A significant element of the work outlined in the AHRC proposal on 'Visualising the Conflict', was to create a 'virtual educational space' which would allow users to interact with the information on physical memorials and at the same time to engage, and have an immersive experience with other users. It was decided to develop the virtual educational space and associated facilities within Second Life and to use OpenSim both as a backup to Second Life and as an alternative venue for viewing and interacting with the materials.
Scenes within the virtual educational space (click for larger images).
This Web page provides background information on how the work was undertaken and describes the resources that users will encounter if they visit the Second Life island. More detailed information can be found in the set of guides that are listed at the end of this page.
The development work for the Second Life presence was undertaken by Julio Lopez Losada, CAIN/VTC Research Associate (Virtual World Programmer), and Kerri McCusker, CAIN/VTC Research Associate (Virtual World Modeller). They were guided in this work by Michael Callaghan, Senior Lecturer, and Shane Wilson, Lecturer, both in the School of Computing and Intelligent Systems, and supported by Martin Melaugh, CAIN Director.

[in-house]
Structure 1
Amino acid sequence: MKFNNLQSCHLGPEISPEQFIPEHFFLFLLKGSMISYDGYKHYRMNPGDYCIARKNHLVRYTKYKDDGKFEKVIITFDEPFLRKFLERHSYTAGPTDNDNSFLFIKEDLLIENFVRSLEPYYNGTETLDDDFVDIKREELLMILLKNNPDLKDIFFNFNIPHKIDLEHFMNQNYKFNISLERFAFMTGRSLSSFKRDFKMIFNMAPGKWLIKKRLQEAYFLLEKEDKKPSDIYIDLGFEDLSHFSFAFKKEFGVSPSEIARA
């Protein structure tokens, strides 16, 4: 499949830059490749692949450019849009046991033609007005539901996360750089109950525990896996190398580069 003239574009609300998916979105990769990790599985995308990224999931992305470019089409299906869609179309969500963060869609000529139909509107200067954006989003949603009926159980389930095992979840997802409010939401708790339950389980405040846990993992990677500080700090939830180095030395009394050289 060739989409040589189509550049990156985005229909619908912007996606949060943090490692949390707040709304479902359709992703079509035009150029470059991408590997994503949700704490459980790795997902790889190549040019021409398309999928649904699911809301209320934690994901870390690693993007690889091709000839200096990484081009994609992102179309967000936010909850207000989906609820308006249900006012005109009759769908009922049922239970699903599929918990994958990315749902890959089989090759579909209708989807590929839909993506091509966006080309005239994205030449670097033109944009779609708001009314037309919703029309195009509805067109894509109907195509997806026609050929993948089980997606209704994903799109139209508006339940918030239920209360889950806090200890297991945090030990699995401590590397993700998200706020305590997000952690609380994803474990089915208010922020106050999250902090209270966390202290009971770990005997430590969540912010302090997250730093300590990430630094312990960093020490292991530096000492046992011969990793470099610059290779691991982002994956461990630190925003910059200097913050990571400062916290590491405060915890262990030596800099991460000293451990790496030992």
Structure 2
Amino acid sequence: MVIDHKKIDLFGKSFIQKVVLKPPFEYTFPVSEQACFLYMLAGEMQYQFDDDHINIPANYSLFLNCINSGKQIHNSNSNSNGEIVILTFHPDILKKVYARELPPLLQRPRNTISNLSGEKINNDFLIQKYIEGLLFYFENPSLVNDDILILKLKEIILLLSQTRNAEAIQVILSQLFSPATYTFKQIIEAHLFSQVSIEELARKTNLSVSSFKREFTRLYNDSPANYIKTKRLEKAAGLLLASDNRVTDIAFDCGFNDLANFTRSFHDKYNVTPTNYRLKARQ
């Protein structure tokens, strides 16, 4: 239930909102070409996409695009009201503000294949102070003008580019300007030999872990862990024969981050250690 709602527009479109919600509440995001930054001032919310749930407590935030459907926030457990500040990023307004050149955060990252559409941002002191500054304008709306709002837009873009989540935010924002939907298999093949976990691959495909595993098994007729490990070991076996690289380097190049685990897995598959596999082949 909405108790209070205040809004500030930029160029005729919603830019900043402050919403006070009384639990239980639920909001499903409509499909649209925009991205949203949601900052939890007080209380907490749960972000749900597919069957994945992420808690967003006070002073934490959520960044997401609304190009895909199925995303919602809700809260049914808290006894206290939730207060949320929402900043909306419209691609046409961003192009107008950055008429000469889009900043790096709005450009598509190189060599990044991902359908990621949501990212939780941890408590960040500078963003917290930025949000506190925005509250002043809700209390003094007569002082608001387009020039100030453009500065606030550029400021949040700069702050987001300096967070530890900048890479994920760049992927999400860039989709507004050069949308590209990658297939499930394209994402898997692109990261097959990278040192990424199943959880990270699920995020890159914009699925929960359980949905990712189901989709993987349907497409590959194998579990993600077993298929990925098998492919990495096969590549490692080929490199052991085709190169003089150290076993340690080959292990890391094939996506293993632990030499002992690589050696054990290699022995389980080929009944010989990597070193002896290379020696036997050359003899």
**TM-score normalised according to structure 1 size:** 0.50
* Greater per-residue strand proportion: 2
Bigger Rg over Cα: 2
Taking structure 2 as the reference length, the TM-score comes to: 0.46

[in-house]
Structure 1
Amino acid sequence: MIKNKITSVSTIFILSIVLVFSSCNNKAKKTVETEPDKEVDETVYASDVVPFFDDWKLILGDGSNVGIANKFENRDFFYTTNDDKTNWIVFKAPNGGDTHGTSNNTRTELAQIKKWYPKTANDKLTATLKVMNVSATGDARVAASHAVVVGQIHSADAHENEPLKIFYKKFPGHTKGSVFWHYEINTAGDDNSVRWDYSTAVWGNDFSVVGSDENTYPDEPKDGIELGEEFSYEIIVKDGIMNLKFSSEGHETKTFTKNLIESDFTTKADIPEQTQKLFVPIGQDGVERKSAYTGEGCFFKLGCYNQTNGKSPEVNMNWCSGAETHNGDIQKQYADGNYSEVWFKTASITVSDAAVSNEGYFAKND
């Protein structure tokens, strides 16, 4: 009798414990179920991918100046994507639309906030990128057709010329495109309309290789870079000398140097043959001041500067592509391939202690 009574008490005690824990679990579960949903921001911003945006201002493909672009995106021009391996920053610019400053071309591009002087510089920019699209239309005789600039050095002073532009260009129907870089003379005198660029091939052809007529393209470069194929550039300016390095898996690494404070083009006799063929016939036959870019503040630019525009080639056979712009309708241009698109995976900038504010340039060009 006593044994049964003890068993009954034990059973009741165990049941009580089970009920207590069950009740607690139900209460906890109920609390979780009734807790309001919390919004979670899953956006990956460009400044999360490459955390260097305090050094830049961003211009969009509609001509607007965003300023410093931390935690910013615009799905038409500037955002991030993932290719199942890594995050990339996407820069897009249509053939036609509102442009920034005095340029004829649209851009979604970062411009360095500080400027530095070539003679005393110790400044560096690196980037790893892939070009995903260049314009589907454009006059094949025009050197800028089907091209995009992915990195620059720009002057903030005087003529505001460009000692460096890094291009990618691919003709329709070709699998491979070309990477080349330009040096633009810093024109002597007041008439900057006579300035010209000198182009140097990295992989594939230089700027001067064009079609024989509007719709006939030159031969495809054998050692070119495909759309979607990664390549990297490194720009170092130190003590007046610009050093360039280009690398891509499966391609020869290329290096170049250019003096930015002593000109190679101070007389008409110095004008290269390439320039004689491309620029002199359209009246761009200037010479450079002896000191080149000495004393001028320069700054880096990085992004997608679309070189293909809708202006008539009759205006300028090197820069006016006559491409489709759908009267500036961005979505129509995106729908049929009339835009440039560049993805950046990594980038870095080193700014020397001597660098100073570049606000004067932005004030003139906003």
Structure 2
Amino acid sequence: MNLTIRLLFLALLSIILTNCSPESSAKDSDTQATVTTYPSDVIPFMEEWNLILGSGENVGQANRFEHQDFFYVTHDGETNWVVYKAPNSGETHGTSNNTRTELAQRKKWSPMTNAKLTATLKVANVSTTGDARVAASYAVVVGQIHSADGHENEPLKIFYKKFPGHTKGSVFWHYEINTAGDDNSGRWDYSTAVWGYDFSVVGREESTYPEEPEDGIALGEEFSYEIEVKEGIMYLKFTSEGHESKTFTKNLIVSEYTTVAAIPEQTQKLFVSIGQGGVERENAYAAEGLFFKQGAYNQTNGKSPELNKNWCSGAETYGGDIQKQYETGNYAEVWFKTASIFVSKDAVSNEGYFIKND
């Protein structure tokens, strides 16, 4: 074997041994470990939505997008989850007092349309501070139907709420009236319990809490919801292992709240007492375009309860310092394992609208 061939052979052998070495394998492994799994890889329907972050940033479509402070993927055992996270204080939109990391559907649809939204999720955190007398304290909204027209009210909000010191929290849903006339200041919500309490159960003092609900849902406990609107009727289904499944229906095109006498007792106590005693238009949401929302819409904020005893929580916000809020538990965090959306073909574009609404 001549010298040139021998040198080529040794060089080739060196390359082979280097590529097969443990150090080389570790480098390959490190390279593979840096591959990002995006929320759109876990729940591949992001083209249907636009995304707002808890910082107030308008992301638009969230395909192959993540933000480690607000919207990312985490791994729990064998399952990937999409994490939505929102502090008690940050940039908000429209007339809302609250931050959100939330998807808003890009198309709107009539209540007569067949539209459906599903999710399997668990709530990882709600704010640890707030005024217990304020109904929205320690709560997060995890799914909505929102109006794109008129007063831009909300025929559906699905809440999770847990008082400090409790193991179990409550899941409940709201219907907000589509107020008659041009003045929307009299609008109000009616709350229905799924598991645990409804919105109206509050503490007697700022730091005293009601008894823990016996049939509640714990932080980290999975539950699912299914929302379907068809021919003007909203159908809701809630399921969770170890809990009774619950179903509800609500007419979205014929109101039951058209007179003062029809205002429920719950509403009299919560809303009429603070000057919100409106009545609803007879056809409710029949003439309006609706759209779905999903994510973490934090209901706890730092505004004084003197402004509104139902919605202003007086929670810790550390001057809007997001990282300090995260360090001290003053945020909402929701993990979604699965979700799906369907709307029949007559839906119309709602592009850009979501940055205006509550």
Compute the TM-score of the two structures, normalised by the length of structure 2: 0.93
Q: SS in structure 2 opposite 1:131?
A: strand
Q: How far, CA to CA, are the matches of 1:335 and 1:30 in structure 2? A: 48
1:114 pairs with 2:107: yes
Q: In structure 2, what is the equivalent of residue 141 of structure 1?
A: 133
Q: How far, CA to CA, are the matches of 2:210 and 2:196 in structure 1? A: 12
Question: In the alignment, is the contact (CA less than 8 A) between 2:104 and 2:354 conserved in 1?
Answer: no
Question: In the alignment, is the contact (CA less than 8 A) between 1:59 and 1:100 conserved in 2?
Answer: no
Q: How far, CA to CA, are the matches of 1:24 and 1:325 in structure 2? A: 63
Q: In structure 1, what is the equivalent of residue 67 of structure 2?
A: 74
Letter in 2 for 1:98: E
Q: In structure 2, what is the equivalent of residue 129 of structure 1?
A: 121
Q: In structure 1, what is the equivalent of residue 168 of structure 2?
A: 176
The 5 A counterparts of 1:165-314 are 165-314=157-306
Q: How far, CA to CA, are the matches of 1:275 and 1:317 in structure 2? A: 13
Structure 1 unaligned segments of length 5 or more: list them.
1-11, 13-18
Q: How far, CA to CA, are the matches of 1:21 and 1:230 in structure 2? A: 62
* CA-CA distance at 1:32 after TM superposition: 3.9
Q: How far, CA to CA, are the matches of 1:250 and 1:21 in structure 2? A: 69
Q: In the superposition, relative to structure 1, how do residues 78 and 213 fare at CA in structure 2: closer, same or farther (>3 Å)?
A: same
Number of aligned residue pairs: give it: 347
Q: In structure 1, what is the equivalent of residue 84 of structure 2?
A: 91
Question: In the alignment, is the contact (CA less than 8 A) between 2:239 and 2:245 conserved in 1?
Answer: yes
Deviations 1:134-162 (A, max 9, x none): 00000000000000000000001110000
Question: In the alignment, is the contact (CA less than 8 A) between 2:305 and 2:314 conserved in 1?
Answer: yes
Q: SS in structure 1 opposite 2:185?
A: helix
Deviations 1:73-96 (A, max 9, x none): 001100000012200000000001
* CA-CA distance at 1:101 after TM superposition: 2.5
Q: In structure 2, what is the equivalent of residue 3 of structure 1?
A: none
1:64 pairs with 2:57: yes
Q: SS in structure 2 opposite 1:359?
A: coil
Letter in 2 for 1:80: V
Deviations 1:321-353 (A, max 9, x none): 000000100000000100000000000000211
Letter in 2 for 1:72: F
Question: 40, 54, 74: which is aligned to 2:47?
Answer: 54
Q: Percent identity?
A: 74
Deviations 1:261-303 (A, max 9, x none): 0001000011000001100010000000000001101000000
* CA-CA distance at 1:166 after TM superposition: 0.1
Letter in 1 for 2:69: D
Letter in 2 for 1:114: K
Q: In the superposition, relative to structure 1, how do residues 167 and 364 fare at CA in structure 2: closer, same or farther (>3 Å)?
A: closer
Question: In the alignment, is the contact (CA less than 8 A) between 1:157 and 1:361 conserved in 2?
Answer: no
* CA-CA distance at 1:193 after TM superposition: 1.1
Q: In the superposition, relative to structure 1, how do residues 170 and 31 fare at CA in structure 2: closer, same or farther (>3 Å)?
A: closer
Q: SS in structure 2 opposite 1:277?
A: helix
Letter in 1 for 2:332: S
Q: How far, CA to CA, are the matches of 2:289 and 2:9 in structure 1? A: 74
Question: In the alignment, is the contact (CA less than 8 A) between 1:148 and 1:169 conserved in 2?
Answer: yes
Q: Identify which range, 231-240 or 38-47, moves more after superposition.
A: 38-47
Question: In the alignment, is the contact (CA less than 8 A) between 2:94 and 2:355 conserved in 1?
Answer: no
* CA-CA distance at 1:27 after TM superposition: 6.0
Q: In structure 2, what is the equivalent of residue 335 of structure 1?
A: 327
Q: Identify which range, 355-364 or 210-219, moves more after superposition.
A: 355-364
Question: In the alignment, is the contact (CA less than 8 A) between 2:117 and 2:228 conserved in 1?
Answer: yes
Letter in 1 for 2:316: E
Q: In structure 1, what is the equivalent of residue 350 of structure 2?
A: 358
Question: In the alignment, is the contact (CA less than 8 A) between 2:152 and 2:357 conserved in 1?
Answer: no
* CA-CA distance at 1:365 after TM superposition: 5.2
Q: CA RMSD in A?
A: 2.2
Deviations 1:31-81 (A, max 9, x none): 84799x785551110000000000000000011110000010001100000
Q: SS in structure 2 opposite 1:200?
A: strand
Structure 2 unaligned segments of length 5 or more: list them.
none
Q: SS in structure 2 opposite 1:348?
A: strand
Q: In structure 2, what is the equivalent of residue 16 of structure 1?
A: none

In the process of developing the virtual educational space a number of hurdles had to be overcome, such as moving 3D models and scripts from Second Life to OpenSim, and some new solutions had to be found, such as displaying a Google Map with overlaid data in Second Life and linking 3D models to a Google Map. The lessons learnt have been documented in a number of guides which are listed below.
The underlying information related to deaths and memorials is available on the CAIN Web site. It is presented there in more 'traditional' formats: text, still images, tables, etc., that appear on static Web pages. Most users who consult the information do so on their own and so have a static single-user experience. However, the researchers were well aware that an important and growing segment of society, namely young people, are increasingly using Web 2.0 and virtual worlds' technologies to access information.
Part of the Visualising the Conflict project sought to respond to these developments by presenting the information in more accessible and flexible ways. Hence the decision to incorporate the information into a virtual educational space. One potential advantage of this approach is that users can have interactive, dynamic and immersive experiences of the underlying information. They have more opportunities to engage with the resources using a collaborative approach. There are increased options for discussion, dialogue and group interaction.
Following the official launch (20 January 2012) of the virtual educational space, the researchers will monitor the use made of the space and collate the feedback.
The location of the island is listed as 'Ulster INCORE'. Ulster is short for University of Ulster (UU), and INCORE is the International Conflict Research Institute within UU, and is the base for CAIN. The Second Life URL (SLurl) is:
The above SLurl will take a user's avatar to the centre of the Ulster INCORE island. This is one of a number of islands that are associated with the University of Ulster.